Zinc flake coating

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Zinc flake coatings are non-electrolytically applied coatings, which provide good protection against corrosion. These coatings consist of a mixture of zinc and aluminium flakes, which are bonded together by an inorganic matrix.

The specifications for zinc flake coatings are defined in international standard ISO 10683 and also in European standard EN 13858. ISO 10683 sets out the requirements for zinc flake coatings for threaded fasteners and EN 13858 describes the requirements for zinc flake coatings for fasteners with no thread and for other parts as well. There are three groups of zinc flake coatings:

  • Zinc flake coatings containing Cr(VI) (hexavalent chromium): surfaces containing Cr(VI) provide greater anti-corrosion protection with a thinner coating, but Cr(VI) is carcinogenic and poses a potential risk to the environment. New European decrees prohibit the use of surfaces containing Cr(VI). These include the Vehicle End-of-Life Directive EC 2000/53 as of 1 July 2007 and directive EC 2002/95 on electrical and electronic equipment (the RoHS Directive). For applications outside of the automotive and electrical industries these coatings are still valid.
  • Solvent-based Cr(VI)-free zinc flake coatings.
  • Water-based Cr(VI)-free zinc flake coatings.

Cr(VI)-free coatings are more environmentally friendly than surfaces with a Cr(VI) content. No zinc flake coatings used in the automotive industry nowadays contain this substance. Various manufacturers, such as car companies and their suppliers, have produced their own specifications and supply rules in order to define the requirements for these coating systems.

Zinc flake coating is a generic term for the coating technology and this is marketed by the different suppliers under their respective brand names. The companies generally act as licensors for the individual coating businesses.


Because electrolytically zinc-plated surfaces provide comparatively little corrosion protection, and in the case of galvanic zinc coatings on high-strength steel (e.g. category 10.9 and 12.9 high-strength bolts) there is a risk of hydrogen embrittlement, the industry needed a better corrosion protection system. High-strength steel parts (such as bolts of strength category > 10.9 and nuts of > 9) and components with tensile strength of > 1000 N/mm2 or > 320 HV are susceptible to hydrogen embrittlement. Galvanic coating processes and pickling with acids have a major influence on the development of hydrogen-induced brittle fractures.

In the 1970s, a new coating system was developed in the United States: zinc flake coating (patent number 1376067). By virtue of a thin coat thickness of typically 8-12 µm this system produced a high level of protection against corrosion and made it possible to avoid hydrogen embrittlement.

In the 1980s and 1990s, the use of these coating systems spread, e.g. within the automotive industry. This industry needs coating systems offering a high level of corrosion resistance. As zinc flake coatings do not create any hydrogen in the process, they were used for critical applications as an alternative to electroplating.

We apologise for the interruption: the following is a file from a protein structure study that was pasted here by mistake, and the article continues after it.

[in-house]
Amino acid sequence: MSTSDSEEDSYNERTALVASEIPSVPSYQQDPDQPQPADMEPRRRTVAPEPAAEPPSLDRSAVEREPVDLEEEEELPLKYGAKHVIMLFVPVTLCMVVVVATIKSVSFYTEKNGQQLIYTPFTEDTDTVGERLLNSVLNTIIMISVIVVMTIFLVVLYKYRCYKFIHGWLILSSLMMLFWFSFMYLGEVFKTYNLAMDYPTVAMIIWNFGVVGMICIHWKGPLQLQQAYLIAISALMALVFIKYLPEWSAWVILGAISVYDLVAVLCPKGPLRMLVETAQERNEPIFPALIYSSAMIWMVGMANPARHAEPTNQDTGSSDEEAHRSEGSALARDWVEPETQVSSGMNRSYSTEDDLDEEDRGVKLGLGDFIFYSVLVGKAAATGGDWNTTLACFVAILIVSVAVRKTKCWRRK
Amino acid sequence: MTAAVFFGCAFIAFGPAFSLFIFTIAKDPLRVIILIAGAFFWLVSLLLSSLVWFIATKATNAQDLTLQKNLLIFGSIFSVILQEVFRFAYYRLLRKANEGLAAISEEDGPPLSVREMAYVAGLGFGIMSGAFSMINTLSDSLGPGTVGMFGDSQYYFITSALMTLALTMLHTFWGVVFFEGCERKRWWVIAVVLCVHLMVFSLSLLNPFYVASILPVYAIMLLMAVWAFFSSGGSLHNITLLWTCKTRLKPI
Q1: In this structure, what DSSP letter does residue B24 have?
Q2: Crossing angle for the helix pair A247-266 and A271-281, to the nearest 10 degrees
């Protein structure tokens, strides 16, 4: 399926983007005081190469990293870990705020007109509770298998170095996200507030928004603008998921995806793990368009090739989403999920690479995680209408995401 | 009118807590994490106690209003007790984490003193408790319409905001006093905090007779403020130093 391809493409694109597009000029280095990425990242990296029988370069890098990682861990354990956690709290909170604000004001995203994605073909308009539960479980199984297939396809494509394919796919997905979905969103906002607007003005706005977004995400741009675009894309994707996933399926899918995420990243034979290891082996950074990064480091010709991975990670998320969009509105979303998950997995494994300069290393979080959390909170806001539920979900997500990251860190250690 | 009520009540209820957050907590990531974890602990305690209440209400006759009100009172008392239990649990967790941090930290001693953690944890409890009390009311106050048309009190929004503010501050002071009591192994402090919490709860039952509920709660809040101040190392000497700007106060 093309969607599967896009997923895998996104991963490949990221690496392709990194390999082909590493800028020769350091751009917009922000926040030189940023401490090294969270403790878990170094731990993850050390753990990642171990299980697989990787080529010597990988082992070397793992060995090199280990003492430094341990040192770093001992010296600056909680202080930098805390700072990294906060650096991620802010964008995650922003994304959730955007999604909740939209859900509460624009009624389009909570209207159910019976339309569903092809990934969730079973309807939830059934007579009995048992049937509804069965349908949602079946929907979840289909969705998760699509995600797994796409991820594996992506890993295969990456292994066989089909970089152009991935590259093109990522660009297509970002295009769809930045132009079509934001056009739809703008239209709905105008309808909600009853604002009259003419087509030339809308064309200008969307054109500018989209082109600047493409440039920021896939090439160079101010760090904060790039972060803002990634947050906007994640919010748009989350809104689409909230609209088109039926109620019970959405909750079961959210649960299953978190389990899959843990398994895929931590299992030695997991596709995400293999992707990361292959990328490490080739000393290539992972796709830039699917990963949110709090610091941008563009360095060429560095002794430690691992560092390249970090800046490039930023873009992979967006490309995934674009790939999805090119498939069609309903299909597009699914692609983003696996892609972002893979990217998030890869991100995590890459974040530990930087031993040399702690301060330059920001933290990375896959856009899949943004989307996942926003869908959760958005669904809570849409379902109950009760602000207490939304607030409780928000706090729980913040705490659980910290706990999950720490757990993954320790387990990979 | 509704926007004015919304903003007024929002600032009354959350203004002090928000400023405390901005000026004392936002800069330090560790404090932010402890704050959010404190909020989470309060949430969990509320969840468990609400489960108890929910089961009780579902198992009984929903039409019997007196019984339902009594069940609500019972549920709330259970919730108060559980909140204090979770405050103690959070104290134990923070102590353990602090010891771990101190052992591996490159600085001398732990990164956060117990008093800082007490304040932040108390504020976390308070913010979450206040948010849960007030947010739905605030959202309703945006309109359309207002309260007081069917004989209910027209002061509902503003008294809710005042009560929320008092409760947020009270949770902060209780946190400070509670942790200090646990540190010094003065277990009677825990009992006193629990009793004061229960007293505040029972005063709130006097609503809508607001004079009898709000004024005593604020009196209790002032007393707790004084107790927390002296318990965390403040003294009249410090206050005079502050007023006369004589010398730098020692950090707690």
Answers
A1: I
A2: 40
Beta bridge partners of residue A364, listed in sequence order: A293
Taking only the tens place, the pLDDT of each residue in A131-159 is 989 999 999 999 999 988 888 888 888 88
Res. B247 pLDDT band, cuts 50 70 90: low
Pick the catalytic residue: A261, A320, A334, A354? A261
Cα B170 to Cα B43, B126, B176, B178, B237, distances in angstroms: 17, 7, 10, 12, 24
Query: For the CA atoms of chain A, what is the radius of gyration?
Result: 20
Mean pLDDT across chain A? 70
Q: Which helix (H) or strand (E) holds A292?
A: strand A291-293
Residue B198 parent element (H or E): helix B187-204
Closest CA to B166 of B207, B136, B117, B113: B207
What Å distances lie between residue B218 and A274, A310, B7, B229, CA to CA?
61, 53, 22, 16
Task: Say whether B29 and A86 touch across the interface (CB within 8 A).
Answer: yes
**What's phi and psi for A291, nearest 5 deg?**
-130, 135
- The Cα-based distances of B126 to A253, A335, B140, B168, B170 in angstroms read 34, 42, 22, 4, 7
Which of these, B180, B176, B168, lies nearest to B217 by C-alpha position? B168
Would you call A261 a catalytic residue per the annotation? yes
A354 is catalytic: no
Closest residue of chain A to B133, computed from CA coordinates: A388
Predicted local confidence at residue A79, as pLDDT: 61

Today, these are the preferred coatings for fasteners and other parts in the automotive industry, as they offer various advantages:

  • Good appearance (colouring)
  • Very good protection against corrosion (240 - 1,500 hours, depending on specification and coating thickness)
  • Resistant to extreme temperatures
  • Good chemical resistance
  • Environmentally friendly
  • Good friction characteristics (on bolts and nuts)
  • No warm-loosening torque
  • No risk for high-strength fasteners of any hydrogen embrittlement
  • Electric conductivity
  • Other assembly properties

The requirements of the automotive industry have set new objectives. Corrosion protection and appearance are no longer the only and most important characteristics.

In addition to the applications in the automotive industry, these coating systems are also found in wind power systems, the construction industry, electrical equipment (plant construction), trucks and other markets as well. Zinc flake coatings create what is known as cathodic protection: the less noble zinc ‘sacrifices’ itself in order to protect the underlying metal. Steel can be protected in this way. The coating thickness is often between 5 µm and 15 µm, with thicker layers also possible where there are special requirements. When coating metric threaded parts it is necessary to keep to the tolerances defined in ISO 965 so that the bolt’s thread does not get gummed up and the coefficient of friction can be set accordingly. Hot-dip galvanised fasteners with a typical coating thickness of 80-200 µm have to be grooved again retrospectively in order to expose the thread.

In contrast to paints where the risk of sub-surface corrosion creep exists, this phenomenon is avoided through the sacrificial effect of the zinc. In salt spray test­s zinc flake coatings demonstrate better protection against corrosion than a typical galvanic zinc coating, which in the tests (generally run in accordance with ISO 9227) often achieve only 96 to 200 hours.